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Otsego Herald

January 16, 2014

Hints of Peace Everywhere


COMMENT: Peter Goodsell (1771-1851) came from Fairfield, Conn. In Cooperstown he had a dry goods business, and also had a farm and mill in Burlington, and later moved to DeWitt, N.Y., where he died. He served as a Cooperstown Village Trustee in 1812-13. He was married three times: to Elizabeth Ruth Morehouse (1771-1813), Mrs. Lucy Day, and lastly to a Mrs. Marvin.

Napoleon Defeated

Plymouth (England) Telegraph, Nov. 6, 1813: “Two great battles [were] fought on the 16th and 19th October, in the former of which, the French ... were defeated with the loss of 12,000 men. The loss of the allies is stated at from 6 to 7000. On the 18th a severe battle was fought near Leipsic [Leipzig, in German Saxony], where the French were attacked throughout their whole line by the combined allied armies, and totally defeated with the loss of 40,000 men in killed, wounded and prisoners, 65 pieces of cannon, besides the desertion of 17 battalions of German infantry with all their staff and generals, who went over to the allies en masse. ... On the 19th the town of Leipsic was taken by assault, with all its artillery, magazines, stores, with...the garrison and rear-guard of the French army; upwards of 30,000 wounded. Bonaparte had only escaped from Leipsic at 9 o’clock in the morning; the allies entered at 11.

COMMENT: The French had 225,000 troops in the battle, of whom 120,000 Germans defected; the “allies” (Russia, Austria, Prussia, and Sweden) had 380,000. French losses were 34,000 killed and wounded, 26,000 captured. Allied losses were 54,000 killed, wounded, or missing. Napoleon had to abdicate, and went into exile on the Isle of Elba (off the Italian Coast), from which he would briefly escape in 1815.

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Otsego Herald
  • British bomb Connecticut The inhabitants of Stonington have again distinguished themselves by their gallant and heroic defence of their little village and battery against the most "fearful odds" of the enemy. With a sufficiency of musketry and lighter field-pieces, we presume, to meet any attempt at landing their means of annoying the enemy consisted of only two 10 pounders, worked by militia or raw troops.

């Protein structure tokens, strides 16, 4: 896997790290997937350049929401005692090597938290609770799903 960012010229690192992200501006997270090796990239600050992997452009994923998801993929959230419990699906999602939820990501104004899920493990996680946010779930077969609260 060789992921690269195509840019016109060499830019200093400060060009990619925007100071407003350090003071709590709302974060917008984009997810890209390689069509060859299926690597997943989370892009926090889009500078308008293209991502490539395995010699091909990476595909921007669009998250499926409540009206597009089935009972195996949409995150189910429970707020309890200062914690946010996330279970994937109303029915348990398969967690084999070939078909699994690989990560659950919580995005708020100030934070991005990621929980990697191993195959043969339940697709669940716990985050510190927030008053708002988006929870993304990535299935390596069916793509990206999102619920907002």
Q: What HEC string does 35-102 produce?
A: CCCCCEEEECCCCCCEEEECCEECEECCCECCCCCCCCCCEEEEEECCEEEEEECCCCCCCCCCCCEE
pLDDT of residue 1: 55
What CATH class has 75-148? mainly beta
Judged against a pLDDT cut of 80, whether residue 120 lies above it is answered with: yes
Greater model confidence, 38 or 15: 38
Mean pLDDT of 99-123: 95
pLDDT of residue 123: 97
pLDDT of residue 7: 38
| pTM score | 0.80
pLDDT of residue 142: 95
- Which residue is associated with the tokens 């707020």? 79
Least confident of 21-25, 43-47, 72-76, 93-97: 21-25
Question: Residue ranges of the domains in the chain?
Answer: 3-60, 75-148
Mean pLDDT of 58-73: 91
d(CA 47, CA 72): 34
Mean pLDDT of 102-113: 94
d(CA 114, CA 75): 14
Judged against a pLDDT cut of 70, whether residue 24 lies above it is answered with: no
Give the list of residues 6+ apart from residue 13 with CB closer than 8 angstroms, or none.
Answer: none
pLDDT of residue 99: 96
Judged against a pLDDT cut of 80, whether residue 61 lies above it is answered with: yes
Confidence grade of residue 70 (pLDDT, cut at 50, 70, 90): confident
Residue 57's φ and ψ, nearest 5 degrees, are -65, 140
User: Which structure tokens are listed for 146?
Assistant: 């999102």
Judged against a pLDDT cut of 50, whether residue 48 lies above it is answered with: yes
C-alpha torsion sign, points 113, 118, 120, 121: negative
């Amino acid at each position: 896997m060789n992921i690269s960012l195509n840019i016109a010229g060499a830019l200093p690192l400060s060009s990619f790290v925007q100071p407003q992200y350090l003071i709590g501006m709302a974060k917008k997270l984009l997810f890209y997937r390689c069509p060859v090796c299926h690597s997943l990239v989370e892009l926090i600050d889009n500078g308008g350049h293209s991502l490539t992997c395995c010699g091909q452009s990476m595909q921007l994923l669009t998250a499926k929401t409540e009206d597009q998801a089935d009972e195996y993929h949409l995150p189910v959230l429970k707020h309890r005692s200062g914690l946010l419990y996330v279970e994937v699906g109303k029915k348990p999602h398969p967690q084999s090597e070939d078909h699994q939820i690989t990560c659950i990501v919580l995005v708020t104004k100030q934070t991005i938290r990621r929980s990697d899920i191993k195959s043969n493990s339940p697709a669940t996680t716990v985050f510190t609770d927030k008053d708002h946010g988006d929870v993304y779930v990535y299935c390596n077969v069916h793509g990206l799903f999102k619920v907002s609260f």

August 21, 2014

  • British annex Maine Islands Royal Proclamation, by Capt. Sir Thomas Hardy, Baronet, commanding the Naval Forces, and Lt. Col. Andrew Pilkington, commanding the Land Forces of His Britannic Majesty, in the Bay of Passamaquoddy.

    August 14, 2014

  • Battle of Lundy's Lane The Late Bloody Battle. -- Extract from a letter from Dr. E. L. Allen, of the 21st Regt....Buffalo, 26th, July 1814

    August 7, 2014

  • NAVY IN SOUTH AMERICA British Perfidy New York, July 15th,1814--letter to Secretary of the Navy Sir--There are some facts relating to our enemy, and although not connected with the action, serve to shew [sic] his perfidy and should be known.

    July 31, 2014

  • General Swift killed Ontario Repository, July 19, We have received ... orders ... announcing that on Tuesday evening, July 12, Brigadier General John Swift, of Palmyra, in this county, was killed in a most perfidious manner, by one of the enemy. The General had volunteered to reconnoiter the enemy's positions and works at Fort George, and took with him 120 men.

    July 24, 2014

  • American victories at Chippewa From an authentic source, we are happy to be able to state, that our army under the command of maj. gen. Brown, crossed from Buffalo to the Canada shore on the 3d of July inst. and that Fort Erie surrendered to our arms at 6 o'clock in the morning.

    July 17, 2014

  • Civil War breaks out in Haiti The Baltimore American (extra) of the 22d, contains translations from the Royal Gazette of Hayti of the 23d of March; being official details of the capture of Fort Sabourin, by the troops of Christophe, from those of Petion, in a report of the Prince of Limbe, minister of war and marine, having under him the Duke of l’Arbonila and Duke of Grand Reviere, and 8 battalions of troops.

    July 10, 2014

  • Sacket's Harbor saved Dispatch from Brigadier-General Brown, to the Secretary of War ... June 1, 1813. SIR--You will have received my dispatch of the 29th [May] written from the field of battle ... that this post had been attacked by Sir George Prevost, and that we had succeeded in repulsing him ...

    July 3, 2014

  • Attack on Wareham undertaken Wareham [near New Bedford], June 14.... Yesterday morning we were informed of the approach of the enemy, and at about eleven o'clock A.M. they landed at the village called the Narrows, with a flag. There were six barges containing two hundred and twenty men.

    June 26, 2014

  • Victory won at Sandy Creek "I have the honor to transmit herewith Major Appling's report of the gallant affair which took place yesterday morning between a detachment of the 1st Rifle Regiment and Oneida Indians under his command, and a detachment from the British fleet, consisting of sailors and marines commanded by Captain Popham of the Royal Navy.

    June 19, 2014